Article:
Thursday, December 10, 2015

A Little Boost

One of my colleagues posted today about how hard he's finding it to teach first year students, and contrasting the ways his MA students and intro students have handled their respective assignments, in class discussions, and so forth.  He sounds really beaten down.

Then I went to the final peer revision day for my first year writing course.  Now, these students are exceptionally motivated, because they all want to get into our nursing program, and it's really tough to get into.  We've been working cooperatively with a nursing class, so they've been mostly writing on related topics that they're really interested in.

Anyway, I read and gave feedback on several really excellent drafts.  At the end, I gave one last student feedback.  They'd written a really strong draft for the project, and were commenting on how much they'd learned doing to last two projects. 

And then they talked a bit about how much they'd learned in college, and how, sitting with some friends, talking into the wee hours, they'd really felt like they're in college, like they're having the sorts of deep conversations that college is supposed to be about.  (We try to foster those conversations in classes, of course, but sometimes, the best college conversations happen in dorms and stairwells, with nary an instructor in sight.)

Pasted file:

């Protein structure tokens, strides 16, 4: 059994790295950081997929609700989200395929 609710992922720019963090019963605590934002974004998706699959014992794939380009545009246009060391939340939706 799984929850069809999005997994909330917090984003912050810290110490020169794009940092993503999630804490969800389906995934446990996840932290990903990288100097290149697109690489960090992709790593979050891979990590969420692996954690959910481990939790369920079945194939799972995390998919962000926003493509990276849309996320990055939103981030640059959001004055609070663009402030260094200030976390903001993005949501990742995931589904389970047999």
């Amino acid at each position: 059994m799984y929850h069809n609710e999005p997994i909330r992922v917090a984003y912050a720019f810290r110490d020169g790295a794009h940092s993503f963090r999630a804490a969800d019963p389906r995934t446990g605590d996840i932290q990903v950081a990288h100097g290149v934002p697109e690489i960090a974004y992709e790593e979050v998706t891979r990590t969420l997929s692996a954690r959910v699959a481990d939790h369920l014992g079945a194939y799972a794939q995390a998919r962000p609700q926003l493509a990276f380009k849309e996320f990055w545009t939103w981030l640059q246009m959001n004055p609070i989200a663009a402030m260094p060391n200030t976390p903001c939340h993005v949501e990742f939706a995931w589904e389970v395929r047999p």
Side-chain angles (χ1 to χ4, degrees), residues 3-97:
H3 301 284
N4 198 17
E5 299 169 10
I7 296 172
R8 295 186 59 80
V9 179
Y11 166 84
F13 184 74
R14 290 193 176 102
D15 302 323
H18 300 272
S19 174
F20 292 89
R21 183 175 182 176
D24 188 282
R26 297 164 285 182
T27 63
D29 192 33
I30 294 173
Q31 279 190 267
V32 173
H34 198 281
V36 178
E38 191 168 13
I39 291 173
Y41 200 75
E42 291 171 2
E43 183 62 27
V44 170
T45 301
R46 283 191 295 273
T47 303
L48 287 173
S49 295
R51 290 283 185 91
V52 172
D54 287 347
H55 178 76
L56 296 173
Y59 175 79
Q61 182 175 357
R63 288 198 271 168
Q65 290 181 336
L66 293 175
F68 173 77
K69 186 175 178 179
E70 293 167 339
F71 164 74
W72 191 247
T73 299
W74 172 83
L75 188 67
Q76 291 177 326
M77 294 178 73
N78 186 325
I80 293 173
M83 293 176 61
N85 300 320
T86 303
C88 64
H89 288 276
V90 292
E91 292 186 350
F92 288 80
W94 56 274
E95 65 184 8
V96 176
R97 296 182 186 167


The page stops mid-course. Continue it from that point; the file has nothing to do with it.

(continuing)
It really gave me hope.  These particular students have come a long way in their writing; they're all thinking more complexly about things than they were just a few short months ago.

And they'll continue to grow.  That does give me some hope.  Really, it does.  I feel so much better after talking with her than I did before.


  1. So good to get such a boost at the end of the term!

  2. That *is* encouraging. I've had a few students who had sought out a lot of help, but who I wasn't sure were going to pull off a passing big final paper in the end, rally in the final days of the semester, and it's a really good feeling to see things falling into place. It's also nice to know that their interests reach beyond the classroom.

    Also, nurses are, indeed, very rewarding to work with. I think it's because they're both smart (because yes, programs tend to be selective, and the required courses are tough) and tend to have people skills. It's an nice combination.